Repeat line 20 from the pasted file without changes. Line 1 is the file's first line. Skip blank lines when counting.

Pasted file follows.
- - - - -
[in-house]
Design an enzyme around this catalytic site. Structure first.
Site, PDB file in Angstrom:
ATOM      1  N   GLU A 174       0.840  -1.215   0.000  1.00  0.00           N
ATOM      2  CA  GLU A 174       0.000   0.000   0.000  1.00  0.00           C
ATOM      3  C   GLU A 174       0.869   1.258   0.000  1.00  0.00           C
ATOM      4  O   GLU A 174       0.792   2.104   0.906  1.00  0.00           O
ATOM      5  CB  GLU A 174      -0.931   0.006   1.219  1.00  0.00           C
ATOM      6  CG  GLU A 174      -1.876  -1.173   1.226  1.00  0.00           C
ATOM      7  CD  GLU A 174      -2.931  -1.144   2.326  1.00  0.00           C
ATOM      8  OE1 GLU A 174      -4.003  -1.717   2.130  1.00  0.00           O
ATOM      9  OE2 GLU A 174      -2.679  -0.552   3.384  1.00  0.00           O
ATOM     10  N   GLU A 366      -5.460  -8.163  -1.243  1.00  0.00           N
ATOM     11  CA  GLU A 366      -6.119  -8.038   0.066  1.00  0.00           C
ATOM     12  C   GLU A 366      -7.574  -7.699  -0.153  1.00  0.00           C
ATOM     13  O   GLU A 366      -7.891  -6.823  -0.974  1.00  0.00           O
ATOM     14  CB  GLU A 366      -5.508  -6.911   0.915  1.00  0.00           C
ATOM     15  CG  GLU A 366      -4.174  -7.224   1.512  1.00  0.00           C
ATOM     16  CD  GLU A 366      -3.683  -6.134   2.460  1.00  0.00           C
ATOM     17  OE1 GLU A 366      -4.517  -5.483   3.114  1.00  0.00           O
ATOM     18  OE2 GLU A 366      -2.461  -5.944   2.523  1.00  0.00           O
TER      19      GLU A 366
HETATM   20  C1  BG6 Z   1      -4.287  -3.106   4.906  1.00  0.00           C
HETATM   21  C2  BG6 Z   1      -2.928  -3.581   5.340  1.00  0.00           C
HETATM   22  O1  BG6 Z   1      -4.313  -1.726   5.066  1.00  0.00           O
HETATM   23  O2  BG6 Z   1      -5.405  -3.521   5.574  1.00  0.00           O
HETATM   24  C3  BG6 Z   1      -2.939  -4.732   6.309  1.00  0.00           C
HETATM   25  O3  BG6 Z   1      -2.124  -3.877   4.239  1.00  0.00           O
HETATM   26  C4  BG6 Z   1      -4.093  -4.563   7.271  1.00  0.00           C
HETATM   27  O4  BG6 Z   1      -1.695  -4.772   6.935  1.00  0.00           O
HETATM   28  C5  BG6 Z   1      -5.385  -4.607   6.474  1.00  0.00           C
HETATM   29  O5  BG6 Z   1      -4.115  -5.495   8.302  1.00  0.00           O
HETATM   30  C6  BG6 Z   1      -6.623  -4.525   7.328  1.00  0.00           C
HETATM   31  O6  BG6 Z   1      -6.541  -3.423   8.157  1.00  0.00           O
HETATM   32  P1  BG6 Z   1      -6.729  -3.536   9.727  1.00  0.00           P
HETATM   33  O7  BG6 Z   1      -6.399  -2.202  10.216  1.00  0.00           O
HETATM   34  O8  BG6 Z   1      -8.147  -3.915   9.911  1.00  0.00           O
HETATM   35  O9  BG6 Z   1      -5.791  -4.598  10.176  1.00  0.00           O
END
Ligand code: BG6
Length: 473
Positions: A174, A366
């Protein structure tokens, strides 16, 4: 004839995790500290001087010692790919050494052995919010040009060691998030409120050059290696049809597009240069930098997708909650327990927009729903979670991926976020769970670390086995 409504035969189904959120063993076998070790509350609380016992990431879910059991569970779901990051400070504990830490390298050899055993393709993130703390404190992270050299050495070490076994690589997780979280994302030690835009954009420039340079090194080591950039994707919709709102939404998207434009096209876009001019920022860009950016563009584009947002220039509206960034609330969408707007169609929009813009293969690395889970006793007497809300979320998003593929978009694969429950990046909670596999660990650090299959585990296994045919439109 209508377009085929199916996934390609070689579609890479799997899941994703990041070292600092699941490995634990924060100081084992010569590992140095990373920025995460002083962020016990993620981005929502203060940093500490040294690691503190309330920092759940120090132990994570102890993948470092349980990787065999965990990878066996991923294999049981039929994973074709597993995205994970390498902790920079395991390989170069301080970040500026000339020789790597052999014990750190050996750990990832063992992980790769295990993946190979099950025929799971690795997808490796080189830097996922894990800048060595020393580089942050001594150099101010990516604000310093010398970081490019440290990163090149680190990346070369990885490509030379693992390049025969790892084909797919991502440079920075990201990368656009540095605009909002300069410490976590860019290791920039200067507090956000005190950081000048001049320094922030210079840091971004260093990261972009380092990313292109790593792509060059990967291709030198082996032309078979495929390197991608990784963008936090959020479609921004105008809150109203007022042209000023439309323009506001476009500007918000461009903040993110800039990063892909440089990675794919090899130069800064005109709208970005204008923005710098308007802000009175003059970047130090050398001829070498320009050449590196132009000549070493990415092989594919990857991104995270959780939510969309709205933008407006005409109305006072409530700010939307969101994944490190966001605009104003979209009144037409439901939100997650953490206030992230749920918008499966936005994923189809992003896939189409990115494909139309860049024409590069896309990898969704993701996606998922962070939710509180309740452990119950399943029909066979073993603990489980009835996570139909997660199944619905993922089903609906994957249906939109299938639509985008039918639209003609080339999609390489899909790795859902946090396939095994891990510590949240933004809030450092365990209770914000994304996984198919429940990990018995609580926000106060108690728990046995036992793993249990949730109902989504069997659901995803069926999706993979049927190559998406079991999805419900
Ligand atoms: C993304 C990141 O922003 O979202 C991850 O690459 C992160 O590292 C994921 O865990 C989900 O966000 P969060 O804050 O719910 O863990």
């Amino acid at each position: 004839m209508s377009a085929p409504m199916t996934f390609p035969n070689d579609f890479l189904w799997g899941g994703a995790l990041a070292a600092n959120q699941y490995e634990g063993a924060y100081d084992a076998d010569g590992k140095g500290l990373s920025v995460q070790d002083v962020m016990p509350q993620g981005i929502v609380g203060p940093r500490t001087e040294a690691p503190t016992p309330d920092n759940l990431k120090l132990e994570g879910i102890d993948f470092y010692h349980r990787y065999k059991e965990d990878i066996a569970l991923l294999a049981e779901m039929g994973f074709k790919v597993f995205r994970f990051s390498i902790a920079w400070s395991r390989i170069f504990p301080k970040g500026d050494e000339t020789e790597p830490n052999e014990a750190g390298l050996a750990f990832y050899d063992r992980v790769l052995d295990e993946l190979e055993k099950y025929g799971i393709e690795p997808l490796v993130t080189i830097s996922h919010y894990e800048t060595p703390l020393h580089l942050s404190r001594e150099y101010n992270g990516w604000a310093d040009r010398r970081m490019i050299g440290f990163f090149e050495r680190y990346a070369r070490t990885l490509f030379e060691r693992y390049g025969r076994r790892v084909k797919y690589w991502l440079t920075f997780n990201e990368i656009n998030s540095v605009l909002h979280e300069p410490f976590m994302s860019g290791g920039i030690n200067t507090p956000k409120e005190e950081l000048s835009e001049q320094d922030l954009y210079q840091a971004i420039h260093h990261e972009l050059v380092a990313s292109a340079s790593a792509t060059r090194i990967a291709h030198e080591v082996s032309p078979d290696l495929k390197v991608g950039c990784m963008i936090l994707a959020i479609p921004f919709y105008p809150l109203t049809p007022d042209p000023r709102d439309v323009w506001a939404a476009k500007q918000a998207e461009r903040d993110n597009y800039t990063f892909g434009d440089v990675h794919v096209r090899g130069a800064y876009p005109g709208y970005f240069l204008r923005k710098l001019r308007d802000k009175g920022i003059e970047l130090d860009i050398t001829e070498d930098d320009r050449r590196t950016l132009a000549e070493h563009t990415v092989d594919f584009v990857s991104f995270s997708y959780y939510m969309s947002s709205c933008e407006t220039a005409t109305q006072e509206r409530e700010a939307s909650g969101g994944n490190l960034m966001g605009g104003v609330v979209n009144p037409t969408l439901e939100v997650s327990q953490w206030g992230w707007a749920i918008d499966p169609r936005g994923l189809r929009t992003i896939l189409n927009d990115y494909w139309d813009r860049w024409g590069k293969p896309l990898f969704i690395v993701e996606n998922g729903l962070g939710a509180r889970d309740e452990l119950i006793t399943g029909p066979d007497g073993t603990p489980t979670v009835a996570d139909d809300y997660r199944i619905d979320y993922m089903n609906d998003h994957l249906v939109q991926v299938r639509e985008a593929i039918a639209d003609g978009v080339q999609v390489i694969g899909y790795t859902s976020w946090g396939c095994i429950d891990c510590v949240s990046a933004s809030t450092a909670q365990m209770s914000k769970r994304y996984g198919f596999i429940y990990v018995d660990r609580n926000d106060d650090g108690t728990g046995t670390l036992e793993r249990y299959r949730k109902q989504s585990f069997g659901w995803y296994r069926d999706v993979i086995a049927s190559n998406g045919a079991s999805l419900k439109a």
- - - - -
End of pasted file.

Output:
ATOM     17  OE1 GLU A 366      -4.517  -5.483   3.114  1.00  0.00           O